The branch observed was 11 centimeters in diameter, seven 3-centimeters deep ribs, subacutely crenellated, not furrowed laterally; their sines forming angles of 90 degrees. Areoles spaced 25 mm apart, placed at the bottom of the notches; They are felted, prominent, and round. 6 Radial spines that are less than 2 cm. The lower spines are longer than the higher spines. All are subulate, starting out, soon becoming gray. No central spines.
Flowering occurs on younger areoles of the previous growth. Pointed buds are covered with brown bristly hairs.
At anthesis, the ovary is nearly spherical, about 12 millimeters in diameter, emerald green, and covered with tight little tubercles, between each of which has a noticeable areole with abundant slender sharp, rigid, brown spines, sometimes up to 4 inches long, interspersed with short wool that is fine & reddish.” (continued below)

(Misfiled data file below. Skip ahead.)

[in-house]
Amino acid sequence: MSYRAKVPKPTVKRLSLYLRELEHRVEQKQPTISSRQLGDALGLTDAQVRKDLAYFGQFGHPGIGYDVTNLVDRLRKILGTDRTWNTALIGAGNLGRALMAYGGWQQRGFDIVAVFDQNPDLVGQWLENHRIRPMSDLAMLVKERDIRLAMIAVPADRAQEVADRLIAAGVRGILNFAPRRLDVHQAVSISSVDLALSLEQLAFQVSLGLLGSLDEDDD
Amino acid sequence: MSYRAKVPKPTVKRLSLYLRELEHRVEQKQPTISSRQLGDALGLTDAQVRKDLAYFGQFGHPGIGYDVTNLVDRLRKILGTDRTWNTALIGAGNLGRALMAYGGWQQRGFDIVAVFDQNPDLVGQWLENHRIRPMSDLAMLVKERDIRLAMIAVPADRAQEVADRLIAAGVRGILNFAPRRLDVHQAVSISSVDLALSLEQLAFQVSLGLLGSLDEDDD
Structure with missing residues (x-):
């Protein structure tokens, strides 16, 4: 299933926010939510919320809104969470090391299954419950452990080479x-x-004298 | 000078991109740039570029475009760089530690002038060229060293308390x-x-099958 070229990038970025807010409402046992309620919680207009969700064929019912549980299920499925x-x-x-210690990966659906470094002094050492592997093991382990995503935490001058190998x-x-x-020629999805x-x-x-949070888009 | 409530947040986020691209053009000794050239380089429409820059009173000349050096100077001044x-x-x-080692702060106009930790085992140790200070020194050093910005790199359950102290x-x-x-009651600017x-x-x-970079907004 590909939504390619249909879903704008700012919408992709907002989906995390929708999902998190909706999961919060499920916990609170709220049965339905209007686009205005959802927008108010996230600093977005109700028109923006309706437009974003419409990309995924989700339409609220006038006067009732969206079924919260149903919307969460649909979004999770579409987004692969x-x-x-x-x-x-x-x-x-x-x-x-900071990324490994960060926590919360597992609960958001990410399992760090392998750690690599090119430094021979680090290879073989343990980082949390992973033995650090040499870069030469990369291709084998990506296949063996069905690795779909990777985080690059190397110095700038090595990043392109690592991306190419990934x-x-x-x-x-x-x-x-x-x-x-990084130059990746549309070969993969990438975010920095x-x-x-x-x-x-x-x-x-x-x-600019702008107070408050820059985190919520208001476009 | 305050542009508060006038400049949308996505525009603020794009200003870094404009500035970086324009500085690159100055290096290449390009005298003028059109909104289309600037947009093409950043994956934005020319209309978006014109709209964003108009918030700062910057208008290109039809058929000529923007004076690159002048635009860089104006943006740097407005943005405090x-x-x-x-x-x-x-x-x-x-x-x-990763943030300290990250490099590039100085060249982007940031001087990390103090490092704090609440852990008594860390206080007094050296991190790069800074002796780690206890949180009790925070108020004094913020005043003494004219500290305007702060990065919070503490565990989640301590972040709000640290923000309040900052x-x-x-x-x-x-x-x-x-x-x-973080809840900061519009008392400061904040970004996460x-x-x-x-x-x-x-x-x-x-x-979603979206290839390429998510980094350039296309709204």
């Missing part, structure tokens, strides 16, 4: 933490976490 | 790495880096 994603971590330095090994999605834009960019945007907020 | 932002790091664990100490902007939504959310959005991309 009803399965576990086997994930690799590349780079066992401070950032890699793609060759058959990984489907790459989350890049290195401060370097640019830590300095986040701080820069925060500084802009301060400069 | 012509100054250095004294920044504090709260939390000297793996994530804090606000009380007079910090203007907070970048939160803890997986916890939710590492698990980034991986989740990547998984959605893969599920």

Polaskia chende

Fleshy receptacle is very short, not more than 1 centimeter. It is covered with green scales that are overlapping & triangular, terminating as a thin brown mucron that is scarious in texture, sometimes 7-8 millimeters long.
The sepal scales are red to pinkish with a white edge, ending in spikes similar to those of receptacle scales.
Sepals are an inch and a half long by 5-6 mm wide, bright carmine red on the outside, much lighter inside, terminated with a brown tip 2-3 millimeters in length.
Petals are as two rows, the same size as the sepals, forming a spread of 4 centimeters in diameter. The outer row is pink outside, white inside. The inner row is pinkish white on both surfaces. They all terminate in a short brown tip.

Long light yellow stamens of 1o to 15 mm are inserted in steps over the length of the receptacle, with light yellow anthers.
Style is stout, 22 millimeters long, yellowish white, with 11  stigmata, 7-8 mm long, spreading, exceeding the stamens in length.
Nectar chamber is 5 millimeters long, full of syrupy liquid.
The flower gives off a strong enjoyable perfume.